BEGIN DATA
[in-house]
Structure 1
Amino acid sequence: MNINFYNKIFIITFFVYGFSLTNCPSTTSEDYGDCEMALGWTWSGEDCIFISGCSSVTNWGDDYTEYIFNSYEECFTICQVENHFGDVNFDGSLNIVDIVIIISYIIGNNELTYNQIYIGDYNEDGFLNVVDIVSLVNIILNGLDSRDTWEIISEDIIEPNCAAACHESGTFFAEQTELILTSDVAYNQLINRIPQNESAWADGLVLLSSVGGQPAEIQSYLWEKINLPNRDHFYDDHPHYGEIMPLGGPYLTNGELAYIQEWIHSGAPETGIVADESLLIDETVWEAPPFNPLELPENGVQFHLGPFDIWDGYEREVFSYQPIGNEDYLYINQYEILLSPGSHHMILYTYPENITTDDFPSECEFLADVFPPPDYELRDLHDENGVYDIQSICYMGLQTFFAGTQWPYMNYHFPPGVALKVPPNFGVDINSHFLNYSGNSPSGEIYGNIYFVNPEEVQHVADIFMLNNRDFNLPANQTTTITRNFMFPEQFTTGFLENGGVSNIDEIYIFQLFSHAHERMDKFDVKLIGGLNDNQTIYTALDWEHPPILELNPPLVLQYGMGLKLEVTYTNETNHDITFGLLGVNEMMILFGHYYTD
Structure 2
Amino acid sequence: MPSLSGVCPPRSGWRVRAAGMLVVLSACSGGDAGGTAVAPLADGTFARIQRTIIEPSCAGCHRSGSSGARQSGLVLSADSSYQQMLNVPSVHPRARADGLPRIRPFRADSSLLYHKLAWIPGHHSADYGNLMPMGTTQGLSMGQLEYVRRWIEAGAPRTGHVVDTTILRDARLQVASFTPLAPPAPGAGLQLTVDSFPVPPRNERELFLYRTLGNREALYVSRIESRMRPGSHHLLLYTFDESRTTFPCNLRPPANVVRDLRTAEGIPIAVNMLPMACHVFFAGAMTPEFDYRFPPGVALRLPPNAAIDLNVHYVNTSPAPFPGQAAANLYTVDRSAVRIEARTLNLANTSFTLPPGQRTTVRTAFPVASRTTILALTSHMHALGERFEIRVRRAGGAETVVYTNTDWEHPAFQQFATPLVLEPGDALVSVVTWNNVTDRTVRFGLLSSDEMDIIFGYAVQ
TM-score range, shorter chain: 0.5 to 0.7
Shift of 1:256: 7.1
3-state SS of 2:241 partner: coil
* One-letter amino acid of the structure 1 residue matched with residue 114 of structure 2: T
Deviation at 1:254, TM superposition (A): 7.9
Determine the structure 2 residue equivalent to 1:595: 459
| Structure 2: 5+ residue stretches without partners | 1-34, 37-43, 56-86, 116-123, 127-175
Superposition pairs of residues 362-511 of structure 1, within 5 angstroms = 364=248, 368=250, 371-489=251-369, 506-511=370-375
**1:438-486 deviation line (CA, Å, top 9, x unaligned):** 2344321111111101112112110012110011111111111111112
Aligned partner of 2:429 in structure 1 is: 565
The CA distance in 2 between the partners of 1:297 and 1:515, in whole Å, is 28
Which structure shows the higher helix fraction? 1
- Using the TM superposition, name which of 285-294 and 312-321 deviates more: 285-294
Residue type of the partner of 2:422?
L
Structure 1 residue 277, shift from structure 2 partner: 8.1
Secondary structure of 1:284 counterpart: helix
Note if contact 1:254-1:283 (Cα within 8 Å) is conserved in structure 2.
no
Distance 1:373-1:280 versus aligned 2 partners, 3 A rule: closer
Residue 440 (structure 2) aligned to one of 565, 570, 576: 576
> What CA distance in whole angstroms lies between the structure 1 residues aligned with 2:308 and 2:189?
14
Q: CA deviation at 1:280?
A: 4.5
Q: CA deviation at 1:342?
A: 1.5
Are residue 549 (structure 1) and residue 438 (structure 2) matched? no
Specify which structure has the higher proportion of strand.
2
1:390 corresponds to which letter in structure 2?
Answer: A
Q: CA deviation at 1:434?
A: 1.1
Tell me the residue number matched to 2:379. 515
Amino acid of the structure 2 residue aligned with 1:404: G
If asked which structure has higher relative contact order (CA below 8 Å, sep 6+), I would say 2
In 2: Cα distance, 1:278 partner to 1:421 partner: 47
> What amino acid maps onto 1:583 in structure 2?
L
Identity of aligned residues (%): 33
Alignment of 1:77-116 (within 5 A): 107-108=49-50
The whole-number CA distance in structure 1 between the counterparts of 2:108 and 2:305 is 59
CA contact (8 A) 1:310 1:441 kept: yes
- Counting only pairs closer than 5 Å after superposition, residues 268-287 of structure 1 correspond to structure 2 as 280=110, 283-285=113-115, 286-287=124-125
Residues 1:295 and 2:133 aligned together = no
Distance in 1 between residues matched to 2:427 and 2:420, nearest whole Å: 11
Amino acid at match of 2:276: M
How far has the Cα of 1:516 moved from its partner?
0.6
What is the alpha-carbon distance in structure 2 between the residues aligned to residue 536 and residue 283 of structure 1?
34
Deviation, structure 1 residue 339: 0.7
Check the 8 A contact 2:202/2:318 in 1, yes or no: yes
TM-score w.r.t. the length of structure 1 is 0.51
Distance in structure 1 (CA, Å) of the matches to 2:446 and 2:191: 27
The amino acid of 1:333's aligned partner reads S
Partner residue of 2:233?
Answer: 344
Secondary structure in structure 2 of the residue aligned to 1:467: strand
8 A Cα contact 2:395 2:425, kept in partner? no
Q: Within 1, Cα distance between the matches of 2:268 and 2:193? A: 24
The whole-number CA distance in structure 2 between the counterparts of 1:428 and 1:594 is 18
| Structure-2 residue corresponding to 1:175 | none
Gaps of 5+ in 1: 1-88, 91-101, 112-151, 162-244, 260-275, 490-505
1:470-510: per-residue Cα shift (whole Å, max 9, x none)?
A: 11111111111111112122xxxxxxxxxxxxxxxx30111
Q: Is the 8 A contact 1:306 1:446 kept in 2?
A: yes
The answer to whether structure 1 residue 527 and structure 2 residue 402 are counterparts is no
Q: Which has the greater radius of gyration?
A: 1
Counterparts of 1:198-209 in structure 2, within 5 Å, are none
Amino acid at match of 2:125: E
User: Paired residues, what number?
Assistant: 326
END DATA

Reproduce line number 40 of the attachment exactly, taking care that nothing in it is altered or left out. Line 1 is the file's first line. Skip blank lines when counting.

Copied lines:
Tell me the residue number matched to 2:379. 515